Weekly News Comment #12

A recent article by the New York Times focused on a single question surrounding the recent shooting in Sutherland Springs, Texas: whether or not video footage of the attack should be released to the public.

While some advocate that the footage should be released immediately to inform the public of the terrible reality of such attacks, others argue that the footage serves no real purpose and should be locked away forever or even destroyed. Most occupy a middle ground between these two extremes, including the Rev. Stephen Curry, who likened the footage to that of the Kennedy assassination, but described the situation as being “too raw” for immediate release. Still others oppose the footage’s release for legal reasons, including a former Texas Ranger who suggested that it is still technically evidence in an investigation that might take years, and releasing it to the public might harm that investigation.

Overall, the article seems to suggest that while there are obvious issues with releasing the footage there is some journalistic and historical value to such evidence. While the families of victims in these attacks might be negatively affected by publishing explicit details, these details can also serve to make people angry or disgusted by the attack and subsequently take action to prevent future incidents. The fundamental question for journalists in situations like this is whether photographic or video evidence of such crimes adds anything to the story or is merely there to court controversy and attract viewers.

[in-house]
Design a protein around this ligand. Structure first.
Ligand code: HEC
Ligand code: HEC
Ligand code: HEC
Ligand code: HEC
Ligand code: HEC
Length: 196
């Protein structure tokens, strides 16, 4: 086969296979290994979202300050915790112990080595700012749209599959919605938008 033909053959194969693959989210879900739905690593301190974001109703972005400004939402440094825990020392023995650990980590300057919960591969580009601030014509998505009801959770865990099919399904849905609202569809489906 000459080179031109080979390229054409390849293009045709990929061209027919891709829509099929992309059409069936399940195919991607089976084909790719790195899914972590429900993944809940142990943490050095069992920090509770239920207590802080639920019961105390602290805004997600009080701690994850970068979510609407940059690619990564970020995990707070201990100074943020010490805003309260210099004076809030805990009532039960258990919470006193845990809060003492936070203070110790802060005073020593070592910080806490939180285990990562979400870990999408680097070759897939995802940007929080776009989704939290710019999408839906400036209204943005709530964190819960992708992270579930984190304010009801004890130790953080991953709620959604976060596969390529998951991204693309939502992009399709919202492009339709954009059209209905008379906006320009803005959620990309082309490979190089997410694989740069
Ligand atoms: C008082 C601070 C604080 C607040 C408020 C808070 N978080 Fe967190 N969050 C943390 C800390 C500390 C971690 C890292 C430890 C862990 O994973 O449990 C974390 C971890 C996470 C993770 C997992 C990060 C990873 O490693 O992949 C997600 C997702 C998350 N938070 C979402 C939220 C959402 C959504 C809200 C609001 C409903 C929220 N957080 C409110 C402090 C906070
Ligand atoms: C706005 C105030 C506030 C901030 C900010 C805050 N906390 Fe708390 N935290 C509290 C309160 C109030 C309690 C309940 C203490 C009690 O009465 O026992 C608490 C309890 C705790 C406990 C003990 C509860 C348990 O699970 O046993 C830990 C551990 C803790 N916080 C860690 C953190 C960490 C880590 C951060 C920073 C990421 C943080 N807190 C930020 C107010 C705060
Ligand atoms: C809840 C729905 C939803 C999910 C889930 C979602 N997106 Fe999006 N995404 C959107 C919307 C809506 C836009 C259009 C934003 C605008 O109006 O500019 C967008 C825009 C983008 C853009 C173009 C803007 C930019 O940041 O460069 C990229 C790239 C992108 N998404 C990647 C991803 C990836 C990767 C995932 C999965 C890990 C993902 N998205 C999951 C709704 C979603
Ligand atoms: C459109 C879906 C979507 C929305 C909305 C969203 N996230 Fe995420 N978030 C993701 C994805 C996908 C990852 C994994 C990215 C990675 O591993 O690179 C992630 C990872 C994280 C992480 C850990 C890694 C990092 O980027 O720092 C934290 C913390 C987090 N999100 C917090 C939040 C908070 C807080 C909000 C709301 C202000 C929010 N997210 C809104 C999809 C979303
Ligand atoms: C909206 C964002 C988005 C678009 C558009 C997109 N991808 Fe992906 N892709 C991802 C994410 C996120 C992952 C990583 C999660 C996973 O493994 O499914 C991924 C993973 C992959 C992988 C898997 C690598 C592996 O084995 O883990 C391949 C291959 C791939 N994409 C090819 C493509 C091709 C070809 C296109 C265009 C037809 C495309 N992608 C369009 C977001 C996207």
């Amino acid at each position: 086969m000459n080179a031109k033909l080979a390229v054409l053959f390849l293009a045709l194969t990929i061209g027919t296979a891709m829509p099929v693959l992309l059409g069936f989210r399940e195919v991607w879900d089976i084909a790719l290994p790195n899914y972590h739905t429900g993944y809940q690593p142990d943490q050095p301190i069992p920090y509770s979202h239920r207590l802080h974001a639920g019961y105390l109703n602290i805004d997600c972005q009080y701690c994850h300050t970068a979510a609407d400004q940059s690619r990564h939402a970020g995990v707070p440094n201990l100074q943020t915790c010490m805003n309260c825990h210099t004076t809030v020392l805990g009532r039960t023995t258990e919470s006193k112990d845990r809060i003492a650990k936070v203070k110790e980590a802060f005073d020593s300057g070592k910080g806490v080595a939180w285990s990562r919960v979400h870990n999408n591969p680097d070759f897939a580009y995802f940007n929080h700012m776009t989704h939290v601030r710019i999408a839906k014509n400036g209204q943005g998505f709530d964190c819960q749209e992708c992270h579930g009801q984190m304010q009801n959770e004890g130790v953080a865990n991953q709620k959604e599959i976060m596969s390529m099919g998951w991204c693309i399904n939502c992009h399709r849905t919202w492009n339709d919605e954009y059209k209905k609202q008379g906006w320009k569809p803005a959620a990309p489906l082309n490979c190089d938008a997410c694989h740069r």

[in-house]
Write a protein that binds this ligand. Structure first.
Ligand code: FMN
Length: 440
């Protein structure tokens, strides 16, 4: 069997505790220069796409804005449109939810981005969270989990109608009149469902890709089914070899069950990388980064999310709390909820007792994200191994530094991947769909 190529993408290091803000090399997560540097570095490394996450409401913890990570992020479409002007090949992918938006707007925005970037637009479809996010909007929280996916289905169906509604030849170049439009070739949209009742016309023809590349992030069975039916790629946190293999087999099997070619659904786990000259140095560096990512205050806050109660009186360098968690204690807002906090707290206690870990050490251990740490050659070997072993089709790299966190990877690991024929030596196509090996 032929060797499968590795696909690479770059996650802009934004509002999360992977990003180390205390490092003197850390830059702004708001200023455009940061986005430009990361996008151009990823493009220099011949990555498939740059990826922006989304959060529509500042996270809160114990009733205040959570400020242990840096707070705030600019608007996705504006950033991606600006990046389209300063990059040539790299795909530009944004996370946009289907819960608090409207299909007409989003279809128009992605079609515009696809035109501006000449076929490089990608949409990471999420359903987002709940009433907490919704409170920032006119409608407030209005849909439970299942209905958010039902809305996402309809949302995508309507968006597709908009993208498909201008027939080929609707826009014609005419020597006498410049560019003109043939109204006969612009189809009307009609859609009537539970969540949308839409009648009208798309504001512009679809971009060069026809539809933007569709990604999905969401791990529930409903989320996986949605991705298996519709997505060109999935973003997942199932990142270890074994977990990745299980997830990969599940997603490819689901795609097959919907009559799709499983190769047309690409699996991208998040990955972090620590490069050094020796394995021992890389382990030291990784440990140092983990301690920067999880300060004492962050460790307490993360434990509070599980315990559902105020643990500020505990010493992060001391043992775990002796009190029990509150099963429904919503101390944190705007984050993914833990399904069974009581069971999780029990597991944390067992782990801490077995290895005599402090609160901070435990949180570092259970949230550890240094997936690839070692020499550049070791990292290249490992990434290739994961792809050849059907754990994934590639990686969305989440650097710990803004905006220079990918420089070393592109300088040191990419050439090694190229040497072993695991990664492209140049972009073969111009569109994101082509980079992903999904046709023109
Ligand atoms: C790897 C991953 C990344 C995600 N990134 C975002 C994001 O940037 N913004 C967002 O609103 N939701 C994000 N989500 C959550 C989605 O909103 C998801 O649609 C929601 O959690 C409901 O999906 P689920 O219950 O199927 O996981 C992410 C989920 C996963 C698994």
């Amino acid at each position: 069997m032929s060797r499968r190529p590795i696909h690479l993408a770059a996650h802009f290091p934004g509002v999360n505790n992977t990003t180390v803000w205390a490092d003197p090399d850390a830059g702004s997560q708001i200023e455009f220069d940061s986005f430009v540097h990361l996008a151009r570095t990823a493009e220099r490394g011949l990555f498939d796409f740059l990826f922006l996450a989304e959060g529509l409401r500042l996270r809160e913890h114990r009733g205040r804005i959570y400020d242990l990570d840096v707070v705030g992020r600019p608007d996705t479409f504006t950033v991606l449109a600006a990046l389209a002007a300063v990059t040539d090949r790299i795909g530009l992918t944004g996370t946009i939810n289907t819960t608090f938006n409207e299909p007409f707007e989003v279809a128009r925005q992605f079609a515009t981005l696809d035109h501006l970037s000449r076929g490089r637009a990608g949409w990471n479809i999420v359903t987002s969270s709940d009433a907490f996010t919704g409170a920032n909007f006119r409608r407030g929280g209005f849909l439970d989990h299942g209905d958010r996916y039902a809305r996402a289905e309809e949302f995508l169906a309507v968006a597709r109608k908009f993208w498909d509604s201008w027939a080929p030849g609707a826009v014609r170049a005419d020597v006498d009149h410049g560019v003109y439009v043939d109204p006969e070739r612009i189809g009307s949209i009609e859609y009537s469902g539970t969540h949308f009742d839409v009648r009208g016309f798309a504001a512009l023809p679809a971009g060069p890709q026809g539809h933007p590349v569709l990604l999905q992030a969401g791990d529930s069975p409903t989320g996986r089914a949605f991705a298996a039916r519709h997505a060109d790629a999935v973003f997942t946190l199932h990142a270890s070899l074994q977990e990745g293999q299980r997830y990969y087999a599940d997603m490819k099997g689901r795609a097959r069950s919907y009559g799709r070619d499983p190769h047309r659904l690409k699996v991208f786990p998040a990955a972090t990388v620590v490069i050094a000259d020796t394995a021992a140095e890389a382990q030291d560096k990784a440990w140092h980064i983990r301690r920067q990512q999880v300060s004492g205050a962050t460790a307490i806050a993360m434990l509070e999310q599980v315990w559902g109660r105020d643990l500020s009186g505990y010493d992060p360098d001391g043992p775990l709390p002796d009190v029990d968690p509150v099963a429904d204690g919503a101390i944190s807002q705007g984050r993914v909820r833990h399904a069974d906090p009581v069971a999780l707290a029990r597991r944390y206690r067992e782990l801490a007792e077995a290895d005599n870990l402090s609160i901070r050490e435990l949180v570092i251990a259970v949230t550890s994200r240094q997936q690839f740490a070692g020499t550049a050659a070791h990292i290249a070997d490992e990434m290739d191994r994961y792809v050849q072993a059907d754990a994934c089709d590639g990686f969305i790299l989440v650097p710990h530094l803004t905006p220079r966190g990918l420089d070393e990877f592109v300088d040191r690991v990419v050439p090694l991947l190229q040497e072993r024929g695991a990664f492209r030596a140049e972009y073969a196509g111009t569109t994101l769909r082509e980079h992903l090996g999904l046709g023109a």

1 Comment so far

  1.   fuglsang on November 14th, 2017

    So what do you think, Nick? Should it be released? I can’t think of any value in allowing people to see it. I’m not worried about the families or survivors. I just don’t think the average person needs to be entertained by the suffering of others.

    I could be convinced I’m wrong.